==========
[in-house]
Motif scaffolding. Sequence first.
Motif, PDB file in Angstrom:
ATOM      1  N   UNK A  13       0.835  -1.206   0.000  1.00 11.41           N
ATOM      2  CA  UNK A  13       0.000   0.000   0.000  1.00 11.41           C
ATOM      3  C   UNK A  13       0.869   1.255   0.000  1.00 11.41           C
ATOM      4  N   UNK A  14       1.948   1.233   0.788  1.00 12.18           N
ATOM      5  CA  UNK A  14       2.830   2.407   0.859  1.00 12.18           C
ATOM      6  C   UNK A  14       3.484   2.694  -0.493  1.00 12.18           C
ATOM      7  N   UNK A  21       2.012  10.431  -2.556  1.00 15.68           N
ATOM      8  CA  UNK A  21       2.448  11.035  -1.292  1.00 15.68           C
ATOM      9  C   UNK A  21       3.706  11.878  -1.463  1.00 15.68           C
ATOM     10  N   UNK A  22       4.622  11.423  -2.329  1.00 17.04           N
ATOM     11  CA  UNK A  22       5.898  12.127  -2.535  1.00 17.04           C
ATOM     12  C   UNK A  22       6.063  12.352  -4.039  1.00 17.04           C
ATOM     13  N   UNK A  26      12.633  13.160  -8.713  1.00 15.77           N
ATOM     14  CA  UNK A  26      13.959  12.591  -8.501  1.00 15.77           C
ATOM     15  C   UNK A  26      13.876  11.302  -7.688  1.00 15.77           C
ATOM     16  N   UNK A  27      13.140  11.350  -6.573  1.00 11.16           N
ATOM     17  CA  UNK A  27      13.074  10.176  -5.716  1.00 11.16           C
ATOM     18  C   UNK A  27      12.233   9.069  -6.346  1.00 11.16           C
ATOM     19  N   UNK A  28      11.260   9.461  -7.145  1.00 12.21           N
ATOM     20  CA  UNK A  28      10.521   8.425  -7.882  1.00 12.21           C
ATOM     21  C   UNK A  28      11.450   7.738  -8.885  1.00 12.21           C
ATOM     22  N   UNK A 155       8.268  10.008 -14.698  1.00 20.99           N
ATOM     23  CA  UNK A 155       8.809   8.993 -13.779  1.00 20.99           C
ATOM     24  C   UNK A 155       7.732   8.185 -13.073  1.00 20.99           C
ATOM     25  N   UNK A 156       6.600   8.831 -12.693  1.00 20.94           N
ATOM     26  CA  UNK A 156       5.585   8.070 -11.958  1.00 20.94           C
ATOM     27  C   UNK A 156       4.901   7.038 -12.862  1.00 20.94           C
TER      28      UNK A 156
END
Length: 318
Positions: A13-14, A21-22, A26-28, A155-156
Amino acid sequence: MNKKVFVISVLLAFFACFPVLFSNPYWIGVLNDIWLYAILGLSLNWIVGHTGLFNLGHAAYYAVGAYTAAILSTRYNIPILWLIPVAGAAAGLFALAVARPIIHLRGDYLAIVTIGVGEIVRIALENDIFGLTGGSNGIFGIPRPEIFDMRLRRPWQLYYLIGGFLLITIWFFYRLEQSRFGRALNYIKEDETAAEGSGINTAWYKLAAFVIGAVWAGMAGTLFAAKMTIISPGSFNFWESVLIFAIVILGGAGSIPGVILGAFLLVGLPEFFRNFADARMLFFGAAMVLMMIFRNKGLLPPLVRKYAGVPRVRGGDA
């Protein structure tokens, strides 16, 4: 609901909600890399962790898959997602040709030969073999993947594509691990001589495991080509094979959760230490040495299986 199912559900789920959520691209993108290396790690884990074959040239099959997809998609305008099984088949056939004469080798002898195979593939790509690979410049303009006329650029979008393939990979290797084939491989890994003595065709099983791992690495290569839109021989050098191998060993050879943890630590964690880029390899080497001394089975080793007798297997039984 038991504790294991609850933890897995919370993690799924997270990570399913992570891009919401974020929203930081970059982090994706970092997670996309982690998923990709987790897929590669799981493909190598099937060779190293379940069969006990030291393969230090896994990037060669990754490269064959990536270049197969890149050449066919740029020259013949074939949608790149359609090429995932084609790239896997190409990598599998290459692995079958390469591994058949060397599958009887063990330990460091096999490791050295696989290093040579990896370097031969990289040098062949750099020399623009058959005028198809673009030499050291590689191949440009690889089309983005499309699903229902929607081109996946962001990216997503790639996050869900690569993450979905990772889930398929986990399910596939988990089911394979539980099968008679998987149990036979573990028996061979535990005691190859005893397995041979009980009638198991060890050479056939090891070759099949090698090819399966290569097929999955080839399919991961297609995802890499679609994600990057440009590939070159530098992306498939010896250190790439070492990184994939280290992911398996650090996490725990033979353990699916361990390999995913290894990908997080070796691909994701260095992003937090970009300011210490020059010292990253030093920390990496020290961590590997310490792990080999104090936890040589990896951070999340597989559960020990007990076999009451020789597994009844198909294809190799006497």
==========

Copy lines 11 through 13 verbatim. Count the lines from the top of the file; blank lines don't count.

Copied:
ATOM      8  CA  UNK A  21       2.448  11.035  -1.292  1.00 15.68           C
ATOM      9  C   UNK A  21       3.706  11.878  -1.463  1.00 15.68           C
ATOM     10  N   UNK A  22       4.622  11.423  -2.329  1.00 17.04           N